The radios are a King com radio on top and a King transponder on the bottom. I also use a GARMIN 195 GPS strapped to my left leg to assist me in navigation. The main control element of a helicopter is the cyclic stick.
First, I wired the cyclic handles. It’s a well-known fact that a pilot cannot let go of the cyclic stick while flying a helicopter. Unlike an aircraft, a helicopter needs constant stick response.
Because of this, many functions are installed into the grips, among them the radio flip/flop switch, engine start button, transponder IDENT button, any other accessories and the push-to-talk switch.
I reworked the cyclic stick a bit and ended up with a fit that was perfect for my hand. Note the buttons for the various functions (Photo 8). A good friend of mine, Bill Messer, owns an engine rebuilding shop and a connecting rod honing machine.
He honed the anti-torque (rudder) pedal to a perfect fit. We then added a ZERK fitting to both of the moving pedals. The other two pedals are bolted to the shaft and do not need grease fittings (Photo 9).
I finished the controls in the cockpit by adding the two collective throttle controls. The one on the passenger’s side can be removed, but I keep mine installed at all times. The pear-shaped casting on the shaft is the throttle stop, which is welded to the shaft (Photo 10).
The final assembling was getting closer to being finished. This view is looking rearward on the right side. This is the location of the fuel pumps and ignition racks and ignition wiring (Photo 11).
Next, it was time to start assembling the rotor head. As the Exec became ever more fully assembled, it was getting to be a tight fit in my workshop/garage. At this stage I was still attaching fiberglass body panels (Photo 12).
The Exec was test-flown in a series of hover test-hops. When the test flights proved successful, I reattached all the panels to the body and took this picture (Photo 13). The entire building process took me 1800 hours during a 15-month period.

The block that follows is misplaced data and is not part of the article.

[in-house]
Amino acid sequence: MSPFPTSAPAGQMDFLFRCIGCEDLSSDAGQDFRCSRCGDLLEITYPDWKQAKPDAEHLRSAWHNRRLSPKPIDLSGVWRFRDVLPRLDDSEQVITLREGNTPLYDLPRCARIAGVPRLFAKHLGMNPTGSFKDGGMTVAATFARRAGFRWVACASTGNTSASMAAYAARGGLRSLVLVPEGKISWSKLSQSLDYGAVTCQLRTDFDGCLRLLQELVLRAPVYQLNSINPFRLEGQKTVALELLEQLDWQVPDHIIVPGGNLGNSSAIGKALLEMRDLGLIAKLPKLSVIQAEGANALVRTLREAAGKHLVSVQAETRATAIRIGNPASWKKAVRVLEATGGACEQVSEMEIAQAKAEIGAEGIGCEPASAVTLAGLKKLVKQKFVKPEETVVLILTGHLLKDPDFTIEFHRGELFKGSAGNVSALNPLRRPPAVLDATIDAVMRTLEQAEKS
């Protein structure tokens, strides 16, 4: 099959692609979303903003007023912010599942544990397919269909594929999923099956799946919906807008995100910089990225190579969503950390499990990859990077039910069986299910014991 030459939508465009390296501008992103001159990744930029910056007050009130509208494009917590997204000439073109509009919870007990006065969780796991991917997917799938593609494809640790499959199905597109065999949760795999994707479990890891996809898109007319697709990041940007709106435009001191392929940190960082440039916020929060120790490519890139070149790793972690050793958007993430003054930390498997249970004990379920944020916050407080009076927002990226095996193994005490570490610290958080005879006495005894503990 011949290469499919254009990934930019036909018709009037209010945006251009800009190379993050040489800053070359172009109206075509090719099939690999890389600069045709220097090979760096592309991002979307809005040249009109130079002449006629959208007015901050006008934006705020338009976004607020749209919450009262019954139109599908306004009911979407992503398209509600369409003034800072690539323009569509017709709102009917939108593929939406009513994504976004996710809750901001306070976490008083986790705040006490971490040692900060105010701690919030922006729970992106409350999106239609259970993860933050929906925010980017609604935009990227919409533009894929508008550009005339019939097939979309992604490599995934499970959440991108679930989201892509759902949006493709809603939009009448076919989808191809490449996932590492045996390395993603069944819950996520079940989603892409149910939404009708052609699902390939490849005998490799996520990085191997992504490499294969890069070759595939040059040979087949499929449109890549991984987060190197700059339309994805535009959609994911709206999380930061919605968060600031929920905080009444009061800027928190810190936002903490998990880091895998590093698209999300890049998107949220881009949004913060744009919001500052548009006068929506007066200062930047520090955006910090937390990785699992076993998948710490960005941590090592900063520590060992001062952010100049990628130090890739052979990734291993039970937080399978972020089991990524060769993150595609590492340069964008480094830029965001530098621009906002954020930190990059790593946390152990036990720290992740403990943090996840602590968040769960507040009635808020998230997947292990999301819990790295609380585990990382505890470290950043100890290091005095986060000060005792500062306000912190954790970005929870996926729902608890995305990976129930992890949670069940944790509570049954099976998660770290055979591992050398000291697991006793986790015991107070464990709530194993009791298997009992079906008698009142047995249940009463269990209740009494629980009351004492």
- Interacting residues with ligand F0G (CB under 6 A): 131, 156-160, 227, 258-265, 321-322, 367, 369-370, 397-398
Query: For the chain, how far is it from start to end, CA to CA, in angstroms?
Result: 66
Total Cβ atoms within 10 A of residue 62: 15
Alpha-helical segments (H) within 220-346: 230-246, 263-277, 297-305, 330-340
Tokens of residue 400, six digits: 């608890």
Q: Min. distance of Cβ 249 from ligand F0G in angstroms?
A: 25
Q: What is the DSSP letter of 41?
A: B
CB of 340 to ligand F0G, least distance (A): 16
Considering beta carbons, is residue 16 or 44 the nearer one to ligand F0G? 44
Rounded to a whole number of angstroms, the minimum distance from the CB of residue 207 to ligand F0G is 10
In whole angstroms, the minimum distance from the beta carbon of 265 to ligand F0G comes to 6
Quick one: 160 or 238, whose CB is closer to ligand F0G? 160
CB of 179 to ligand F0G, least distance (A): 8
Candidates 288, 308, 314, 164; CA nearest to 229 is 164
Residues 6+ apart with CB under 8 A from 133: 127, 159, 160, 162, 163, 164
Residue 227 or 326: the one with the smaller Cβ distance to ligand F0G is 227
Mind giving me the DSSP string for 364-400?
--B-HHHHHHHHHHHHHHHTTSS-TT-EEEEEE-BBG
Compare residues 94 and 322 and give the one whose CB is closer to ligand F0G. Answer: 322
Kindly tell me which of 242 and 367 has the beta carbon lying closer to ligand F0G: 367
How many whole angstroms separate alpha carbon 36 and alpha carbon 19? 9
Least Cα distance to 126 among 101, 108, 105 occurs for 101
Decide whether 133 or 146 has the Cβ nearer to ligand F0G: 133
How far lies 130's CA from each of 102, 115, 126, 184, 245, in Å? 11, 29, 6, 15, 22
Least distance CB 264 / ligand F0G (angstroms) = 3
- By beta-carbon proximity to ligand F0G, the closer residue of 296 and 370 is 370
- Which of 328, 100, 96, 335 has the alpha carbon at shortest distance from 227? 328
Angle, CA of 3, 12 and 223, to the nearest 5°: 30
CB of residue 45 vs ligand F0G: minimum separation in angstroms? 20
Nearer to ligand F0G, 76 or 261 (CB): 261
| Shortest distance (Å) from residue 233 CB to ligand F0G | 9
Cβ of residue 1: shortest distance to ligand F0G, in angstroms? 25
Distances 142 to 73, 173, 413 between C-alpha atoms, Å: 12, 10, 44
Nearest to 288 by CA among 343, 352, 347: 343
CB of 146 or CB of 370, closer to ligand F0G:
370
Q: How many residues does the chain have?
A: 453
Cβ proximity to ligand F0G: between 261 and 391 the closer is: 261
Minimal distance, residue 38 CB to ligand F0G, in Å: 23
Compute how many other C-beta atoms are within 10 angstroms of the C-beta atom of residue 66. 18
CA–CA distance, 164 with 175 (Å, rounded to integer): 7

I also modified the rear of the “doghouse” with another screen for additional cooling. It gets pretty hot down here in Central Florida (Photo 14). I also designed a “Freedom Eagle” design that I applied to the tail of the Exec.
I then added a “Freedom of Flight” logo to the side of the doghouse. The last logo I applied was my rendition of the “Exec 90” logo that corresponded to the version of the RotorWay I built. The latest Exec is called the 162F.
This version has FADEC controls for even smoother engine power. I thought the required “Experimental” declaration was a bit boring, so I changed the type style to a more modern font for a result that, I think, adds to the overall effect of the finished aircraft.
Learning to Fly my RotorWay Exec
I learned to fly in my own Exec after participating in the flying program at the RotorWay factory in Arizona. What amazed me most about learning to fly the Exec was how different it was from flying model helicopters.
My main problem was learning to hover correctly, but with the help of experienced flight instructors—and a great deal of persistence — it suddenly all came together. I’m now a rated rotary-wing pilot.
As of press time, I’ve logged more than 230 hours of flight time in my Exec, and I’m especially fond of taking good friends up for rides — particularly those who helped with their advice and physical labor throughout the construction of my RotorWay Exec, my pride and joy.
Does it fly well? You bet it does.
If you’re wondering whether I think that 15 months of intensive work building my Exec was worth it, my answer is: You bet! I especially felt that way when I picked up the Grand Champion Award at the EAA’s Sun ‘n Fun 2000 in Lakeland, Florida.